Sunday, October 18, 2015

The Dinner by Herman Koch (read 10/8/15 to 10/12/15)

This was the NNCC book for October, and joy of joy's it was my suggestion.  Hooray.  I first heard about this book both BBC world book club and listening to the author speak about it really made me want to read it.  Koch states in the BBC world book club that the theme is really that violence lurking inside all of us given the correct circumstances and it intrigued me.
This is the story of two couples, actually two brothers and their wives who are meeting for dinner to discuss something horrible their sons have done together.  The first third of the book we don't know what the boys have done.  The repercussions of this act by the boys is far reaching and potentially devastating for both themselves and their parent's futures.
I really liked this book.  I was so happy I selected it.  At the end of the there were still unanswered questions and mysteries that keep me up at night wondering about.  I really like the character, even the unlivable ones, Koch did a great job writing and developing them.  The mystery of the boys deeds and what their parents are going to do about it was doled out the right speed.  Koch suckered us in and kept us asking what is going on?  The characters find themselves in a very complicated situation and are very complicated characters, it all feeds into a well written and suspenseful novel that I couldn't put down once I picked it up, all other books fell to the wayside, because I had to KNOW what was going on.
It seems that at my book club I was the only person who actually liked the book, three others had mixed feelings, and the remaining four didn't like it. I understood their feelings and their reasoning, and it was actually mostly those reasonings that I liked it.
One of the big reasons the book was unlike was that the story got turned upside down, what you expected at the beginning of the book isn't what happened at the end.  I liked that Koch took us down a twisty rabbit hole, that where we thought we knew what was happening and what would happen was wrong, I like when a book proves my preconceived plot notions wrong.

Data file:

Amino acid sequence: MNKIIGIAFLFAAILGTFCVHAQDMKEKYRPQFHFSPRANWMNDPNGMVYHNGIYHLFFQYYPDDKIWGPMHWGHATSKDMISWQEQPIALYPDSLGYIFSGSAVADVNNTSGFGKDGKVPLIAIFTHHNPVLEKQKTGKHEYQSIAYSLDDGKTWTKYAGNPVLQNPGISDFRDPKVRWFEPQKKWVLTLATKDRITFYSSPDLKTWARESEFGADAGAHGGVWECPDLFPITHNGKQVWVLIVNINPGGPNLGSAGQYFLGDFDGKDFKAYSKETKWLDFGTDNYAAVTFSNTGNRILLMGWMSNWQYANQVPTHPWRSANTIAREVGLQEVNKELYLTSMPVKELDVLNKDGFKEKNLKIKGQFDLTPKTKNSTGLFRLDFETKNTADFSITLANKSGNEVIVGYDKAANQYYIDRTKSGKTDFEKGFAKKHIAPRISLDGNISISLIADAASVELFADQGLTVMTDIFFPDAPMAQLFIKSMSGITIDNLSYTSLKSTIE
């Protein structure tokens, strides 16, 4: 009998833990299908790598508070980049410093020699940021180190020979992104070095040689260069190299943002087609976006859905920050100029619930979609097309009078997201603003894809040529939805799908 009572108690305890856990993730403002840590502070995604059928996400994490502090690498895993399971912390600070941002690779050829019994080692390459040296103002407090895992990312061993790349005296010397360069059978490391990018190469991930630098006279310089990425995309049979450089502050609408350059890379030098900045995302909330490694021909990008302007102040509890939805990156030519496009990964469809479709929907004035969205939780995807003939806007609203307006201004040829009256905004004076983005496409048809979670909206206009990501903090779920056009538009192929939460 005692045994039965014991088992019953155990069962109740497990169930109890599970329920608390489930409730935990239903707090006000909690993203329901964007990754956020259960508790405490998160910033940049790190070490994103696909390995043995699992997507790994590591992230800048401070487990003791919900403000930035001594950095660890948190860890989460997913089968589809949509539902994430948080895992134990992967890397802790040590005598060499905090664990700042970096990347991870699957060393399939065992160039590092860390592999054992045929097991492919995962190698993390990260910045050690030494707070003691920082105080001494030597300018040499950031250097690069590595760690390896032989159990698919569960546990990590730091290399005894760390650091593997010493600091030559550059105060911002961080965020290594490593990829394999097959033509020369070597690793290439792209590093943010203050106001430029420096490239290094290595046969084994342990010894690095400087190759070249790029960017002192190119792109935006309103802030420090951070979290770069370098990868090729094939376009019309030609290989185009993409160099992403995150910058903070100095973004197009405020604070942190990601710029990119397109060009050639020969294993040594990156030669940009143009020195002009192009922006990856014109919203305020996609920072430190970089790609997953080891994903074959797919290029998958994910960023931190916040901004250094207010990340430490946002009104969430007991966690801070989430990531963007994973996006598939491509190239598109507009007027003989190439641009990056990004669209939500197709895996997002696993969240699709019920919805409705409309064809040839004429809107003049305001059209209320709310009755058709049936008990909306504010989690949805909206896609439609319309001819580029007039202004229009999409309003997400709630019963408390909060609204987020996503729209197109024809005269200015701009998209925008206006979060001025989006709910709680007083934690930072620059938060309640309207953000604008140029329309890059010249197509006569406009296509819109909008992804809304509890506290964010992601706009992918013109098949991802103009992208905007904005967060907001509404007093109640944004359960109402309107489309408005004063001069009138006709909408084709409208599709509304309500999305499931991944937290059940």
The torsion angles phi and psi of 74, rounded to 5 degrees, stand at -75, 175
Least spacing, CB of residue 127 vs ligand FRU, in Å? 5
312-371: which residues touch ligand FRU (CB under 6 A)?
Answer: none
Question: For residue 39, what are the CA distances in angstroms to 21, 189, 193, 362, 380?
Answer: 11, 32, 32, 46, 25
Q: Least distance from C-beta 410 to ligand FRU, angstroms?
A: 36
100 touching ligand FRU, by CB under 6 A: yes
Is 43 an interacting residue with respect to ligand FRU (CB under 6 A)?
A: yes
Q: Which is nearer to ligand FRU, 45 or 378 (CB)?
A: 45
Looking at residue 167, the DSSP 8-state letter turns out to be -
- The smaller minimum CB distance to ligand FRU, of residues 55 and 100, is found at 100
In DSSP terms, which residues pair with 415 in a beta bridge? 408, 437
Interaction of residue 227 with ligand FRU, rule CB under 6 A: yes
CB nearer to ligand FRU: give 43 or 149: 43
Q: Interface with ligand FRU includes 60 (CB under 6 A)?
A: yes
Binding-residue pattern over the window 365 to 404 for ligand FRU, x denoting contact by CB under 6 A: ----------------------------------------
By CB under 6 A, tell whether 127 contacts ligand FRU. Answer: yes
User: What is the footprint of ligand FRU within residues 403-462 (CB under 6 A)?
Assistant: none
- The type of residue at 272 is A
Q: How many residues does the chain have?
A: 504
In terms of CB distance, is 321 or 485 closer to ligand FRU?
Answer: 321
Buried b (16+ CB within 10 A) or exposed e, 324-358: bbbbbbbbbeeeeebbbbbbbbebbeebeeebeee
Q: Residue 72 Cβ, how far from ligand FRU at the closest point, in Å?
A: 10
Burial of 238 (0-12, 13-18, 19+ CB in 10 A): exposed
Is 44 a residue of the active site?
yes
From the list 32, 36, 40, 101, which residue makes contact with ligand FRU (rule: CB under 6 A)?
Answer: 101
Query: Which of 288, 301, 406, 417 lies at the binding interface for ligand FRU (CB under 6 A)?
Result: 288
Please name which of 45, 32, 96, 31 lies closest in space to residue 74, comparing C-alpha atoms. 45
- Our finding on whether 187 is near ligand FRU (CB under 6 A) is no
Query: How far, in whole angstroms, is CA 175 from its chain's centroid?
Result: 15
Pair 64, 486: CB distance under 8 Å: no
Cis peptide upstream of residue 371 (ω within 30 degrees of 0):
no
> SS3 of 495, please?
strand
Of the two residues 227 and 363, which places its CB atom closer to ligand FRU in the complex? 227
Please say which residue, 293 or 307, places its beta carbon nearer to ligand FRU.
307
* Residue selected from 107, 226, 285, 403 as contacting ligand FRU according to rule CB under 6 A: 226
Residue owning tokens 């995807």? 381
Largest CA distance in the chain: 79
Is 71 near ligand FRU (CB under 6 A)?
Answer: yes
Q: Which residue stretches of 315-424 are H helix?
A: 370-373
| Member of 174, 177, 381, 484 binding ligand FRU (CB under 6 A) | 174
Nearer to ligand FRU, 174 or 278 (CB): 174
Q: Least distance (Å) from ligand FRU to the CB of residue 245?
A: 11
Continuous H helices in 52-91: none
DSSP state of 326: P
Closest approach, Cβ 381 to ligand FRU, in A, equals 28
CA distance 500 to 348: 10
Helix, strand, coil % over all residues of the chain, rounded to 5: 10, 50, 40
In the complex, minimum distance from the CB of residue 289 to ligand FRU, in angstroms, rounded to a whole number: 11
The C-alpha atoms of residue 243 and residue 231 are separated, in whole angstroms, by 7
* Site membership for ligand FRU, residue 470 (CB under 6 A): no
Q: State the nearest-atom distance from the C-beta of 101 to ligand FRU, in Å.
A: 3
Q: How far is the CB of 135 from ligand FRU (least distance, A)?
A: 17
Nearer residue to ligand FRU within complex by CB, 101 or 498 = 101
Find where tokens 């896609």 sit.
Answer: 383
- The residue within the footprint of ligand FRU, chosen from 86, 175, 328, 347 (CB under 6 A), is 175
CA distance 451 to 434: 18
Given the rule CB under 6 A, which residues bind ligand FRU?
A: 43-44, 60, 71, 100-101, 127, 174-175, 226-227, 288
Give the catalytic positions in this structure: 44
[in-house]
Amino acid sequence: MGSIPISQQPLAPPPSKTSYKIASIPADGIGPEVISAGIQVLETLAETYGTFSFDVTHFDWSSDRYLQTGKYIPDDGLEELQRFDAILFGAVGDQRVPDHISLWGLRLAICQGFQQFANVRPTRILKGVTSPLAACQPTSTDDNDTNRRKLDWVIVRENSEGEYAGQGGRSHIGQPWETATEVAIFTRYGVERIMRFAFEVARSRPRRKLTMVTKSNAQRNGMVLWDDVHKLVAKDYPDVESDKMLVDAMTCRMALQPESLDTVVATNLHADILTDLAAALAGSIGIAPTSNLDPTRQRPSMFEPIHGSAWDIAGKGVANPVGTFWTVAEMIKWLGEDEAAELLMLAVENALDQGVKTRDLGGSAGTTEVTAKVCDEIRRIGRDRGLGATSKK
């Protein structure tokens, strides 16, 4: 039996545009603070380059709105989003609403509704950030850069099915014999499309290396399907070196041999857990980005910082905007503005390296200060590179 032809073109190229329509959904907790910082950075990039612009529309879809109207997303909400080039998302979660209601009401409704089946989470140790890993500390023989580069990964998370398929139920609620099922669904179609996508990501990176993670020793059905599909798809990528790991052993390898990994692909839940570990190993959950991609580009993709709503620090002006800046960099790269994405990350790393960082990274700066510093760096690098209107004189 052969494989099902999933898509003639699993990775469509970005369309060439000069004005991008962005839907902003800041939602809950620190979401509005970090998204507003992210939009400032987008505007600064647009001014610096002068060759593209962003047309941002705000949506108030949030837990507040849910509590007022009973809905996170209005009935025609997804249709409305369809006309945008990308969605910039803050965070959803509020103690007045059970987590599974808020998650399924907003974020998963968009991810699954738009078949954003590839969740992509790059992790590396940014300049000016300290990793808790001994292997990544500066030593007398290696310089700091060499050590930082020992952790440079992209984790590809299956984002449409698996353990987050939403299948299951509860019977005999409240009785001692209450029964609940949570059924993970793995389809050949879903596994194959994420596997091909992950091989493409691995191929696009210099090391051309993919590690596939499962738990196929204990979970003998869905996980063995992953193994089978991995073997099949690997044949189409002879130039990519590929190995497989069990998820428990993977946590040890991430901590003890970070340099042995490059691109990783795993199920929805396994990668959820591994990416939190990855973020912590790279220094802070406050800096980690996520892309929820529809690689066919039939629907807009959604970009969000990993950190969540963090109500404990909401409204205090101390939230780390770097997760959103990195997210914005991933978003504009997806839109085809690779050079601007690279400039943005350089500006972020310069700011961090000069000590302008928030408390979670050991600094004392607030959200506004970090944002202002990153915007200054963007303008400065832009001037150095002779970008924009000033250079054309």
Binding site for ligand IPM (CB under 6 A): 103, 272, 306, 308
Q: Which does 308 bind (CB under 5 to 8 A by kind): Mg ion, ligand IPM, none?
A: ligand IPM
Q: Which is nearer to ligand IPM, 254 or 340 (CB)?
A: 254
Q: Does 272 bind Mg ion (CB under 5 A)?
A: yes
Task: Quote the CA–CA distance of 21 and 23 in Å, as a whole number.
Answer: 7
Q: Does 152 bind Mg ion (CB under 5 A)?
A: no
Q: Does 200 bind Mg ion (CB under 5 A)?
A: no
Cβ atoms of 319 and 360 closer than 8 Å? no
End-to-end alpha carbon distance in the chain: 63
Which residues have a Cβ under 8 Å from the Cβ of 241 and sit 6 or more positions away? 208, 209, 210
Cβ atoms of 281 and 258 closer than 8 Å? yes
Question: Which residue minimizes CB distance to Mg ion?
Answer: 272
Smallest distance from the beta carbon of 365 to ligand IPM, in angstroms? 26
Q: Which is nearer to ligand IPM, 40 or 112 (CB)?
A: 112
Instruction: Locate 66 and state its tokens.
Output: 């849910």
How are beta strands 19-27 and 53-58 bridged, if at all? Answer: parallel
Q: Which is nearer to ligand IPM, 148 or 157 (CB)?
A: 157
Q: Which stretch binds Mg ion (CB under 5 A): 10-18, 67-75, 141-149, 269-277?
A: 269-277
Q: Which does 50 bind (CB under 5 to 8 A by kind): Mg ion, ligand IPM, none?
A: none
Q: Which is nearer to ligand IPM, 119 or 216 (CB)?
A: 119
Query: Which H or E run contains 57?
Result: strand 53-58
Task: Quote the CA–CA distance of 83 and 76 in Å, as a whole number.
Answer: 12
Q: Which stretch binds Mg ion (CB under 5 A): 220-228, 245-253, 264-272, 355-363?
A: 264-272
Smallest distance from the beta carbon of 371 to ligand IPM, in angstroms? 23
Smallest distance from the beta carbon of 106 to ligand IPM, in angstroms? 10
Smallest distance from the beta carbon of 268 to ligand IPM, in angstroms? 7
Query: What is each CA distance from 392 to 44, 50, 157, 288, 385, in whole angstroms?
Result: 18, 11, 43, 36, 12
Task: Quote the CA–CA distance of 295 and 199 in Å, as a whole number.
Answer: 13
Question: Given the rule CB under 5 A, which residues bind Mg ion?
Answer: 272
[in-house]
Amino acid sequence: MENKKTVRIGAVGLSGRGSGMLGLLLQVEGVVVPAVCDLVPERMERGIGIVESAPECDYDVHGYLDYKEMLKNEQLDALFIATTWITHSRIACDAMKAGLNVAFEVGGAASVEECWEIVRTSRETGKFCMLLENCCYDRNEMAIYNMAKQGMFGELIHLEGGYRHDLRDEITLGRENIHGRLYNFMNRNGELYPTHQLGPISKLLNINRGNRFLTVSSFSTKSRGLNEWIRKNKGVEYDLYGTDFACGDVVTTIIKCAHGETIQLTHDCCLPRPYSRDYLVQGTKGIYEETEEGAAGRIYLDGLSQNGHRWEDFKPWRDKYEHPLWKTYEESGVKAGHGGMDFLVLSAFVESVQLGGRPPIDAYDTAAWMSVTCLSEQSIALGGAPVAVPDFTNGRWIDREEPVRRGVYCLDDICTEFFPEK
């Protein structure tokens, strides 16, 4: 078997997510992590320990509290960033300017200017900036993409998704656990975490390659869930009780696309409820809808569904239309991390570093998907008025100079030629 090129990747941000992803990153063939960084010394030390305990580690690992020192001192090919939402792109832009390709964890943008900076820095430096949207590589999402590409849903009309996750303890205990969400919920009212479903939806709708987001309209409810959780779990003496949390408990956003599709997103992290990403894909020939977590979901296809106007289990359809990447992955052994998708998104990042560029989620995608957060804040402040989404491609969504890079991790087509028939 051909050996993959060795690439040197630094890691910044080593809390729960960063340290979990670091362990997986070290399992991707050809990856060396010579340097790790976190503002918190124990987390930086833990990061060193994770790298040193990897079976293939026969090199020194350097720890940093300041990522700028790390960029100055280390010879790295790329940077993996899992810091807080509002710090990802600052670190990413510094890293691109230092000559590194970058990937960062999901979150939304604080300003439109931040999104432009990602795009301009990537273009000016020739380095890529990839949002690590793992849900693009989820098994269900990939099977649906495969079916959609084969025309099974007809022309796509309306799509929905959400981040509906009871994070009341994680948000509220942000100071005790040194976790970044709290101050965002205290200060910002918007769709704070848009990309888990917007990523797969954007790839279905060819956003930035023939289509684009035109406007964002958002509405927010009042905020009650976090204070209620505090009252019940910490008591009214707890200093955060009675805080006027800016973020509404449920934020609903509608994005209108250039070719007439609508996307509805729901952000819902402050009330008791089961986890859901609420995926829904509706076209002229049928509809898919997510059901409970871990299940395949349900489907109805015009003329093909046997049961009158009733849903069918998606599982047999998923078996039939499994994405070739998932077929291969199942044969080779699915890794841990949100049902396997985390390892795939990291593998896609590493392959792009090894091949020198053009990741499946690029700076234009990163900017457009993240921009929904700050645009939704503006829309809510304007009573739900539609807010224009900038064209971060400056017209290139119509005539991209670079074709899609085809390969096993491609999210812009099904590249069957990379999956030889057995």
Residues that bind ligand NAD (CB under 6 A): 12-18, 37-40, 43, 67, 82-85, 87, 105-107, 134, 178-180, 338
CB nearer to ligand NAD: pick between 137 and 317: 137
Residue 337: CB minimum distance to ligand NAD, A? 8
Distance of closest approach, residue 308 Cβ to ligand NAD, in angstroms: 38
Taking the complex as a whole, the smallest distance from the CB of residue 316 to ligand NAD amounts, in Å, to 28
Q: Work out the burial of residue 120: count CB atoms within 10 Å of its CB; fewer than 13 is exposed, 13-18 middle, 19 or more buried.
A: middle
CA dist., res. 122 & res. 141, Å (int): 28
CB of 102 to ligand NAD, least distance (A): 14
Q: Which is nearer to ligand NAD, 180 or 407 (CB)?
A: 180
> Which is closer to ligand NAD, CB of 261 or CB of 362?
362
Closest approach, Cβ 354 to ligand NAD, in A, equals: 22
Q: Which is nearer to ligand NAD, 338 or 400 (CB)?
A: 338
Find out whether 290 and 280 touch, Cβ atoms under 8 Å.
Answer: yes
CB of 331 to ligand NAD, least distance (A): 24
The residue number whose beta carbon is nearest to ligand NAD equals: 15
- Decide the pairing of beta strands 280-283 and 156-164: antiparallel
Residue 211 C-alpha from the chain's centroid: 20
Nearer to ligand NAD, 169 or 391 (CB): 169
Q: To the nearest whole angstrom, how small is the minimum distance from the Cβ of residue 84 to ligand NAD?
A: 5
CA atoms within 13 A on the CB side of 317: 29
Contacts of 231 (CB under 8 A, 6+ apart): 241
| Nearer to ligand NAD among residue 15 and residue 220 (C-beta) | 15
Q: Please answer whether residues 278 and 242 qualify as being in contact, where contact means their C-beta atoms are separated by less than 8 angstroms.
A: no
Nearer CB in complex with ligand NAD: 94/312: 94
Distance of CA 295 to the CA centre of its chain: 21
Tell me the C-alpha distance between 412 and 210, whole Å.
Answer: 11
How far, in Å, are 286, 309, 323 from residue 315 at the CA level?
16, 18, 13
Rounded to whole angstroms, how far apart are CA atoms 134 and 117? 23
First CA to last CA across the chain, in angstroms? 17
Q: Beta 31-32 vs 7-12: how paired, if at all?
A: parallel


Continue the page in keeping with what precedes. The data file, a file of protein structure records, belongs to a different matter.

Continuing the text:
Two, the characters are unlikable, they don't make you want to invest in them.  As I said earlier, I did like the characters and I did invest in them, so I didn't have this issue at all.  I think it is refreshing to sometimes read about unlikable characters, to love to hate them almost.  I didn't hate any of the characters, did I think some were schmucks, yes, did I hate them for it no.  Were some of the characters morally corrupt and not nice people, did I hate them for that, nope.  I viewed them as complicated and layered, the first layer is oh yes look as this nice family and this not so nice family, start peeling away the layers and you start seeing that things are not as cut and dry as they seem.  If felt that Koch did a great job of peeling away the layers and showing us a more complicated family dynamic than at first appeared.
Three, Koch was a lazy writer who left lots of details out because it was too much work.  I don't think he did it because he was lazy, I think he did it to reach a goal, to force his reader to wonder.  That Koch wanted us to come to conclusions.  The disease the father and mother have are never stated.  Names of people and places are often left out.
Four, why was it set in a restaurant.  Koch says in the BBC interview it was set on a restaurant in his neighborhood, and the point was to have the discussion in a public place to avoid violence.
Again I still really liked the book, I thought it was well written.  I recommend it, but I think the caveat is that you might walk away from it with mixed feelings.

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